Unfortunately adequate planning and strategizing often does not precede an ECM implementation, and the chances of that occurring only increase with a tool such as SharePoint which can appear to be “so simple” initially. I have said it before, using e-mail is very simple as well, and that is what has gotten many organizations into a sticky and often expensive situation. Ease of content creation and sharing leads to lack of control, lack of governance and no establishment best practices. This situation is potentially viable for unsuspecting SharePoint users. But not only is this a matter of risk and best practices, it can also lead to under utilizing SharePoint. The last questions was a good one – how do you avoid simply creating file share? Answer: – plan and strategize.
Whew – that was a loaded set of questions that led to a lebgthy answer. BTW – the observatiosn and opinions asserted in teh last response are being echoed in teh interviews I am conductiong with SharePoint users. Some interesting case studies are emerging – and are forthcoming.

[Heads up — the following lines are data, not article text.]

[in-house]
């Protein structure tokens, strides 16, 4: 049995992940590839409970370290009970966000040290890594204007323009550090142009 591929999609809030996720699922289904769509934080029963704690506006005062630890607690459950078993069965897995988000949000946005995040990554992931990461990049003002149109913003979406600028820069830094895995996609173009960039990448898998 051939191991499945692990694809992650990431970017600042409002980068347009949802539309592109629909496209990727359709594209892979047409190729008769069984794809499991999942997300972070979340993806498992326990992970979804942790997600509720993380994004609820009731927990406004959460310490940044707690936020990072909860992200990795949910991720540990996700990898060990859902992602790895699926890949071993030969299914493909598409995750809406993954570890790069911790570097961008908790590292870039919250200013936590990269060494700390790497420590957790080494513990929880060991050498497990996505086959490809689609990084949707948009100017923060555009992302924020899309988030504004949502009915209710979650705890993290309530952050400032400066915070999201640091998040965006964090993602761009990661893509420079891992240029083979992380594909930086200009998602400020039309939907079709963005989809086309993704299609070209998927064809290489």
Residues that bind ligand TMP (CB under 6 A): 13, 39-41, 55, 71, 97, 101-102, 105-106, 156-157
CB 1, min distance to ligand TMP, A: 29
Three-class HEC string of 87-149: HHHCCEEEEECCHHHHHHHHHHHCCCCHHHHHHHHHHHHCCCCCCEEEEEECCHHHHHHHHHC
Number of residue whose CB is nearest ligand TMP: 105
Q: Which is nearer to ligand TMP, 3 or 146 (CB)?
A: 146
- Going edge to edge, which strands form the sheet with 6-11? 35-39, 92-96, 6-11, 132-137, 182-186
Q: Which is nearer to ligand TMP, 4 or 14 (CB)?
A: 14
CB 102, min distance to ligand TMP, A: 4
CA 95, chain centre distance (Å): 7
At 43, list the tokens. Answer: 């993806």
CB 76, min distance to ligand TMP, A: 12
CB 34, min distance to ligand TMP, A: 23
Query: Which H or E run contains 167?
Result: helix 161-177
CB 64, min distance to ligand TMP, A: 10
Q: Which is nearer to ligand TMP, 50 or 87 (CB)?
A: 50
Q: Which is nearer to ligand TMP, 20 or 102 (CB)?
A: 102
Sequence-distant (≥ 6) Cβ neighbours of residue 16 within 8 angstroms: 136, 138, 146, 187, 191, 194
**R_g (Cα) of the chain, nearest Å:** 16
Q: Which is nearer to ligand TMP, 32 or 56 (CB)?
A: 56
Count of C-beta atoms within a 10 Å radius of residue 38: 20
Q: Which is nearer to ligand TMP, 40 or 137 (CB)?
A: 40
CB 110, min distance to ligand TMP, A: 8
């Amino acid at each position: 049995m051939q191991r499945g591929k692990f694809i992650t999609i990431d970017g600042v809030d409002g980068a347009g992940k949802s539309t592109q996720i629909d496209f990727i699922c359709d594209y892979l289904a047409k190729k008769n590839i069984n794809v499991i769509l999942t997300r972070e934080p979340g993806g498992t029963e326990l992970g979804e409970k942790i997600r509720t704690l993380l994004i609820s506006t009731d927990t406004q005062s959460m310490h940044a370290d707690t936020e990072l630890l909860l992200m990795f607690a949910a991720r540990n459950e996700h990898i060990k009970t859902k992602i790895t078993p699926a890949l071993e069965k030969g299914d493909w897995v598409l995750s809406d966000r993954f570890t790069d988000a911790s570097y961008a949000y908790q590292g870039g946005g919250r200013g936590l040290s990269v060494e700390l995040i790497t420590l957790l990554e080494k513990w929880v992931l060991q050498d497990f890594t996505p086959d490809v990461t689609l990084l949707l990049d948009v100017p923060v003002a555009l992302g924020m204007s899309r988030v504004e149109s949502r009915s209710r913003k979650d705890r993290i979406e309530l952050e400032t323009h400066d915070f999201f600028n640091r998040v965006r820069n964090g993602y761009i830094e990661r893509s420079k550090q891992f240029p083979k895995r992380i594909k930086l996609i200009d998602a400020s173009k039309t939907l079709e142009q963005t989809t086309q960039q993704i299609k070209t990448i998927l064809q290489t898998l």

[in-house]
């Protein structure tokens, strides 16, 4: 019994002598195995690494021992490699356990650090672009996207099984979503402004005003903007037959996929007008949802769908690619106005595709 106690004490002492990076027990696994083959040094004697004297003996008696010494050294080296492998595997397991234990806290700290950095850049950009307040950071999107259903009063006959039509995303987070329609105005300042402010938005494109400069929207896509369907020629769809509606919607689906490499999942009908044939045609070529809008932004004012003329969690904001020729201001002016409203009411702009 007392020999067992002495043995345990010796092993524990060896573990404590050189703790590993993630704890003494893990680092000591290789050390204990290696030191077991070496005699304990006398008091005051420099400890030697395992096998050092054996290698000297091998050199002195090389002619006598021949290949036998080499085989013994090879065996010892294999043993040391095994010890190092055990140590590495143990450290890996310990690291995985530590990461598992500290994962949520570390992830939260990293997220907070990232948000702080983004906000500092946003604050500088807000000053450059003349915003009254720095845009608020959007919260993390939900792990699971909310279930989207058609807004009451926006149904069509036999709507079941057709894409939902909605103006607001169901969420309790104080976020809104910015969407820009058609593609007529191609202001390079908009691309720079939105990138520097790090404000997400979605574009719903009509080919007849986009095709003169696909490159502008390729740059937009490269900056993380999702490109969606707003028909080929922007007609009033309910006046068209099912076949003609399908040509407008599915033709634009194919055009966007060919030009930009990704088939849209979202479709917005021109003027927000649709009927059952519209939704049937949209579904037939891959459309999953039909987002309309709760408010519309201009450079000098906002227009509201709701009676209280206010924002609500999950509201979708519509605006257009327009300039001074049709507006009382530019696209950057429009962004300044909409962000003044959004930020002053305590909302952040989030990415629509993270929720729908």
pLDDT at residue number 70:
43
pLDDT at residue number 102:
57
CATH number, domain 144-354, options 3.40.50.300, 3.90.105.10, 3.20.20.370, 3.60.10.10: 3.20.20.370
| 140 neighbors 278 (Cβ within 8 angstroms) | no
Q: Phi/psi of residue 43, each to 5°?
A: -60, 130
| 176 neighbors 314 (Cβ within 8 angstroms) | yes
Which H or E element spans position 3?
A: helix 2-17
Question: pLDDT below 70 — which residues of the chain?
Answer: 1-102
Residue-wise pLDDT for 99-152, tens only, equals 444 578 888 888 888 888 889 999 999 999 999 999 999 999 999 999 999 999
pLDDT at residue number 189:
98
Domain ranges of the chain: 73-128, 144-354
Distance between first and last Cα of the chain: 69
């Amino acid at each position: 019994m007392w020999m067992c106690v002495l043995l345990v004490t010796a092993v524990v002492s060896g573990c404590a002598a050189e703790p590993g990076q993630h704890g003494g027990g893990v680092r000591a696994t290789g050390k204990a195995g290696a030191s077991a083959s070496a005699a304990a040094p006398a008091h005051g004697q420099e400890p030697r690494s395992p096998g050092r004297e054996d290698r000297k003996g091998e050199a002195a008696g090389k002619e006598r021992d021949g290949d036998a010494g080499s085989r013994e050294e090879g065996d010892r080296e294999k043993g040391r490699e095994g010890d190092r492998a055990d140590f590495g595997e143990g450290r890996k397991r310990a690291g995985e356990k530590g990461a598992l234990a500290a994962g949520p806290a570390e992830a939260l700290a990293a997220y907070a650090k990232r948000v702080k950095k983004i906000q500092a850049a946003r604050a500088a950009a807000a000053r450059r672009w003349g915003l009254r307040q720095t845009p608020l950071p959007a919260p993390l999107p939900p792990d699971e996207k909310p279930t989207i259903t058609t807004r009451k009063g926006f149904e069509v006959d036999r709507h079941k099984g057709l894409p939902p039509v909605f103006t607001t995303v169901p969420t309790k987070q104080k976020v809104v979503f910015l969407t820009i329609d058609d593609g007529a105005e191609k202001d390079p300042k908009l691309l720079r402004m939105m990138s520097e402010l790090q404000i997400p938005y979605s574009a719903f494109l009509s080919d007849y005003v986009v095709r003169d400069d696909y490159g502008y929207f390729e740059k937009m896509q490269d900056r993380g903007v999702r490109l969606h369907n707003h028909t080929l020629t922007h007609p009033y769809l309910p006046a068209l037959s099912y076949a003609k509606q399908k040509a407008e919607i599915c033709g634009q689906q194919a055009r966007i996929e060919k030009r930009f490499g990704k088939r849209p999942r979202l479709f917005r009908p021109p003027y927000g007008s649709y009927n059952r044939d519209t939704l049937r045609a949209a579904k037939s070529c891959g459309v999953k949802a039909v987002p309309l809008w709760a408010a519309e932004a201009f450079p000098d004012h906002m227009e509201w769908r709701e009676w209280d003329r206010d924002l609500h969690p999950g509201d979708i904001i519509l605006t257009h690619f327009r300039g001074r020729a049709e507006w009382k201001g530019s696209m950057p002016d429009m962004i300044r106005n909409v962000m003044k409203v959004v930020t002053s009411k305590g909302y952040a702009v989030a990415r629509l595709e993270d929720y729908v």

On that note – if any of you out there feel you have an interesting SharePoint experience to tell (positive OR negative) – I would like to hear it and share it with our community. Contact me though this blog – or e-mail directly – [email protected]
With that I conclude this post with some good news – I am almost done addressing these webinar questions. The next post, which will focus on some hard hitting technical and competitive issues, will be a bit different – so stay tuned …